Have you ever felt apprehensive about entering a foreign country? If yes, welcome to the club. If no, then you are very lucky........so far.
A common cause for traveler anxiety is entry and exit through foreign ports of entry. Although most countries list their laws and regulations regarding entry and exit, many do not update their websites or they change regulations arbitrarily. This can end a wonderful trip before it even starts, as every country has the right to deny foreigners entry.
The number one cause for detention upon arrival or departure in a foreign country, outside of purposeful illegal activity, is.........medication. Many travelers do not realize that there are certain doctor prescribed medications that are illegal in some countries. Often opiates, psychotropics and pain killers are illegal and can result in confiscation, fines or at worse, jail time. Even the amount of pharmaceuticals the traveler is carrying can mean the difference between drug possession and narcotics trafficking, which is punishable by death in many countries.
Here are some solutions to this problem;
1. If the traveler must bring a prescription drug of any kind, they should keep it in the original bottle, make sure the prescription is not expired, bring a letter from their prescribing physician (on official letterhead), and only bring enough for their own use during that trip (and possibly a few days over the planned time frame in case of unforeseen crisis).
1. If the traveler requires pain medicine, psychotropics or opiates, they should go to a local doctor upon entry and have them prescribe the medicine locally. If the traveler has travel insurance, they may be able to be reimbursed for some of the cost.
Unfortunately, there may not be a good answer for those that are dependent on medicine that is banned or illegal at their destination of travel. In that case, the traveler may have to reach out to the government of that destination to receive special permission, or determine to go elsewhere.
Most countries require visitors to carry a passport. On top of having a passport;
1. The passport must be at least six months from expiration before the planned completion of the travelers visit. It is best to ensure the traveler's passport is good for at least a year, before they book travel.
1. The traveler should have some blank pages for visa, entry and exit stamps.
1. The passport picture must show the travelers facial features accurately. If the traveler has had surgery, gained or lost weight or suffered injury, they should receive a new passport. Often travelers will be denied entry or even a preordered visa due to photo disparity.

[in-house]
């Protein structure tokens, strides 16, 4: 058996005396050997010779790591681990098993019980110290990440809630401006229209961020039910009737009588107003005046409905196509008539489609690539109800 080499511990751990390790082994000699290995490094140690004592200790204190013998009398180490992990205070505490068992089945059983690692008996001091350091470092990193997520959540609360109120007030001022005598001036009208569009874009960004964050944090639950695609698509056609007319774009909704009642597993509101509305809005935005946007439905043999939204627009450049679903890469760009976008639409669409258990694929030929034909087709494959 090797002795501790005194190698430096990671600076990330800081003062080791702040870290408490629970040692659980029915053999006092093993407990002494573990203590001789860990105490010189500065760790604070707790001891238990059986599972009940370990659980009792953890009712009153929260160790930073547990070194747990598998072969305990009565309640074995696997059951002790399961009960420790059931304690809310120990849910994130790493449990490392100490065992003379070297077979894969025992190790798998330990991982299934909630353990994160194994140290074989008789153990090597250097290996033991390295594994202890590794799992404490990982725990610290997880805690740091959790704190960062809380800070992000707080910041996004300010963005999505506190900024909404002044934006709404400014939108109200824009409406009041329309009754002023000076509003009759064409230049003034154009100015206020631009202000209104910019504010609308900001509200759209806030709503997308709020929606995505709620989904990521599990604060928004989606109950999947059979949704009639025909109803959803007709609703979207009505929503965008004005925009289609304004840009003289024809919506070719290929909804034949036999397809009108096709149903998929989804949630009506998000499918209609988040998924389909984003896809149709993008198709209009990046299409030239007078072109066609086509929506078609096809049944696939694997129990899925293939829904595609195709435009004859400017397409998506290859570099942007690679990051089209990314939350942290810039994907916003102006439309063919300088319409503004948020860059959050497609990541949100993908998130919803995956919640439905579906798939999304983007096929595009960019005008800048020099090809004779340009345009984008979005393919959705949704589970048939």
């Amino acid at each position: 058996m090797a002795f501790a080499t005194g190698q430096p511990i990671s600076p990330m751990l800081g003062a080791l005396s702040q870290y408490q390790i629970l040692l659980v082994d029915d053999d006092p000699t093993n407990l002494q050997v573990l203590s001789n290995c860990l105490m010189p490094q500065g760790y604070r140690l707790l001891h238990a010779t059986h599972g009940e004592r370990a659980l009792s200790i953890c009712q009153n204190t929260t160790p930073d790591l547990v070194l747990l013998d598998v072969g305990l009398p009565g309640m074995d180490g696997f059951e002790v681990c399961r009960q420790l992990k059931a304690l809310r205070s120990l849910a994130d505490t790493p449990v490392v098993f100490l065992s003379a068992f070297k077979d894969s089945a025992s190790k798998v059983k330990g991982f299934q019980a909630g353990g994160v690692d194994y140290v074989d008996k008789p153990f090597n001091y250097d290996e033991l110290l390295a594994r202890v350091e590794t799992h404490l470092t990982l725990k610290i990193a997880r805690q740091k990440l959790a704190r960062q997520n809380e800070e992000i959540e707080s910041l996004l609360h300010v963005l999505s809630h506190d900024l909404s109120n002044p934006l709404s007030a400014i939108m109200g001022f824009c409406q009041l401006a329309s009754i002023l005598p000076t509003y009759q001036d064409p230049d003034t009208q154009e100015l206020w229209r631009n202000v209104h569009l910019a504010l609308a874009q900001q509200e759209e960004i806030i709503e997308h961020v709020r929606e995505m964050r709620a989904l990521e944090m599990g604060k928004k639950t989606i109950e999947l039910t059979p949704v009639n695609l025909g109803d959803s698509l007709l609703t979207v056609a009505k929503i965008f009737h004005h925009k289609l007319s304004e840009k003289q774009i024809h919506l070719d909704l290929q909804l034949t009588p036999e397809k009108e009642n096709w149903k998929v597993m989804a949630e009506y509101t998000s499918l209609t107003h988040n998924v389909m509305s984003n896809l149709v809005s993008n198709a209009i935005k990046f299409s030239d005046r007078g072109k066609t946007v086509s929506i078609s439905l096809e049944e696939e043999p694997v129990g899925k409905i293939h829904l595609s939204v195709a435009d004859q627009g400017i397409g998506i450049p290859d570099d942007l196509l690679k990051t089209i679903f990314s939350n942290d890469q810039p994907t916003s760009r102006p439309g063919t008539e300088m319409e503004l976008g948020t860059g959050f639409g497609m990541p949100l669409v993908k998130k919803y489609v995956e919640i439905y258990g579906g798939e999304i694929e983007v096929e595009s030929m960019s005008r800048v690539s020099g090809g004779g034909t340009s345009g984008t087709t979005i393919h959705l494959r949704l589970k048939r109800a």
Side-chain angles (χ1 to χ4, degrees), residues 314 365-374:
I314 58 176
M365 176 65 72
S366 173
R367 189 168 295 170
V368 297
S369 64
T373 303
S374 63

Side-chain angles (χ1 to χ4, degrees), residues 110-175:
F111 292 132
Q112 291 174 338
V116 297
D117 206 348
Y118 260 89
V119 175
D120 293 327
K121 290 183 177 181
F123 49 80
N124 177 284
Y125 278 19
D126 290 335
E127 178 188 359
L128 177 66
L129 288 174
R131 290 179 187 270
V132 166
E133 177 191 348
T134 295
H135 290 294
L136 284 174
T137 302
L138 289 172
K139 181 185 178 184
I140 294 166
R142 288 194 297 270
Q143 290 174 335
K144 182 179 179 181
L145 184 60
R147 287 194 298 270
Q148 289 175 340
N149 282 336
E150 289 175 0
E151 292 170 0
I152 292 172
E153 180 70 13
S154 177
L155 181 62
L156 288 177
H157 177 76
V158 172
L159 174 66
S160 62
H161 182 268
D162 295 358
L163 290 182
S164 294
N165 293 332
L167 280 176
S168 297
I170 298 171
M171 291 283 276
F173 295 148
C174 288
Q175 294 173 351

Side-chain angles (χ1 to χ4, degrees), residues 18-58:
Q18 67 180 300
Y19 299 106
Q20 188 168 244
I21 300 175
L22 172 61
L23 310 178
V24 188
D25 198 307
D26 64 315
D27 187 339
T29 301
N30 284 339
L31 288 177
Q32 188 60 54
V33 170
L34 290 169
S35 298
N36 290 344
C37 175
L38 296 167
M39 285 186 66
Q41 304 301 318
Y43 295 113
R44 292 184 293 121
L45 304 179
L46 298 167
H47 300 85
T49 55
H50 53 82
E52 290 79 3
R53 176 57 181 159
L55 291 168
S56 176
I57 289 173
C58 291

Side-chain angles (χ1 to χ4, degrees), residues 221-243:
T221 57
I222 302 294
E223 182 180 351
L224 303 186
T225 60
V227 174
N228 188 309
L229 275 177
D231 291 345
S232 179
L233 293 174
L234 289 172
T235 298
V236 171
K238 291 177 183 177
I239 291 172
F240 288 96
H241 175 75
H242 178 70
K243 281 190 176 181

Every country has laws regarding how much cash you can take out of your home country and into your destination. Money laundering is a huge problem globally, but the issue for most travelers is unknowingly transporting too much cash. If caught, at a minimum the traveler is going to lose their cash and never get it back.
1. Travelers should check with their bank, regarding government reporting requirements for taking cash out of the country. Usually a form must be filled out at the bank or at customs if the traveler is taking over a certain amount.
1. Travelers should check with their destination's official government customs website, or with the host nations embassy, to determine how much cash they can take into the country without declaring.
1. Travelers should not try to split up cash from one source between multiple travelers in their group as this is considered layering/structuring and is a crime outside of laundering money.
The best solution to this problem is to use credit cards and pull out cash from a local bank or cash machine. Many credit card companies and banks offer cards free from foreign transaction fees for people that travel often. It might be a worthwhile investment to avoid a money laundering charge.
When in doubt, declare. Travelers are typically not going to get in trouble for declaring an item not on the list, but could be fined or detained for not declaring something. Travelers should respect the local government at their destination and not try to skirt a country's sovereign laws in order to save time. Declare, declare, declare.
It's important to understand that the destination a travelers visiting is also the home of that customs government official These officials are usually underpaid and have to put up with a lot from foreign (often ignorant) tourists. Travelers should put themselves in the shoes of a customs agent, treat them how they would want to be treated and take the time to research and follow the rules. A little respect goes a very long way.
Blessings and Safe Travels!